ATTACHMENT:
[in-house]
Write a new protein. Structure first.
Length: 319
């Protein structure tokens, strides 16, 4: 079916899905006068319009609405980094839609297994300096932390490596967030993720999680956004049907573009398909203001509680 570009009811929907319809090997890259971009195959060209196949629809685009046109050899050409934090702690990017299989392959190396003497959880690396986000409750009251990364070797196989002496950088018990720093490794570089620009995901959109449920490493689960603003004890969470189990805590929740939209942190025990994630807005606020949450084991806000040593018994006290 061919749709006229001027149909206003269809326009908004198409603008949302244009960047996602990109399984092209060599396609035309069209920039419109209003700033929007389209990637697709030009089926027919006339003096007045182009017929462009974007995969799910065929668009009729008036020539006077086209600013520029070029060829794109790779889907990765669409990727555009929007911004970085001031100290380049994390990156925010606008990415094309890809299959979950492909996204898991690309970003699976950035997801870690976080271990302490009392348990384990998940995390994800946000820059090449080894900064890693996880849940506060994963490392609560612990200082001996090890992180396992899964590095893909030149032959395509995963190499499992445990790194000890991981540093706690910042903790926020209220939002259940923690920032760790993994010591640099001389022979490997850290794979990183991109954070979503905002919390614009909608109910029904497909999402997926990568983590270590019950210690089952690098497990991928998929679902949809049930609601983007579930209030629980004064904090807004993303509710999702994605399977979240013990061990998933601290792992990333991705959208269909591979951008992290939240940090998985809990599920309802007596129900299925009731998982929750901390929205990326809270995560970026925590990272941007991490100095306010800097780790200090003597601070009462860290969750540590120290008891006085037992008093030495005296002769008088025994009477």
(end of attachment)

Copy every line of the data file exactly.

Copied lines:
[in-house]
Write a new protein. Structure first.
Length: 319
């Protein structure tokens, strides 16, 4: 079916899905006068319009609405980094839609297994300096932390490596967030993720999680956004049907573009398909203001509680 570009009811929907319809090997890259971009195959060209196949629809685009046109050899050409934090702690990017299989392959190396003497959880690396986000409750009251990364070797196989002496950088018990720093490794570089620009995901959109449920490493689960603003004890969470189990805590929740939209942190025990994630807005606020949450084991806000040593018994006290 061919749709006229001027149909206003269809326009908004198409603008949302244009960047996602990109399984092209060599396609035309069209920039419109209003700033929007389209990637697709030009089926027919006339003096007045182009017929462009974007995969799910065929668009009729008036020539006077086209600013520029070029060829794109790779889907990765669409990727555009929007911004970085001031100290380049994390990156925010606008990415094309890809299959979950492909996204898991690309970003699976950035997801870690976080271990302490009392348990384990998940995390994800946000820059090449080894900064890693996880849940506060994963490392609560612990200082001996090890992180396992899964590095893909030149032959395509995963190499499992445990790194000890991981540093706690910042903790926020209220939002259940923690920032760790993994010591640099001389022979490997850290794979990183991109954070979503905002919390614009909608109910029904497909999402997926990568983590270590019950210690089952690098497990991928998929679902949809049930609601983007579930209030629980004064904090807004993303509710999702994605399977979240013990061990998933601290792992990333991705959208269909591979951008992290939240940090998985809990599920309802007596129900299925009731998982929750901390929205990326809270995560970026925590990272941007991490100095306010800097780790200090003597601070009462860290969750540590120290008891006085037992008093030495005296002769008088025994009477």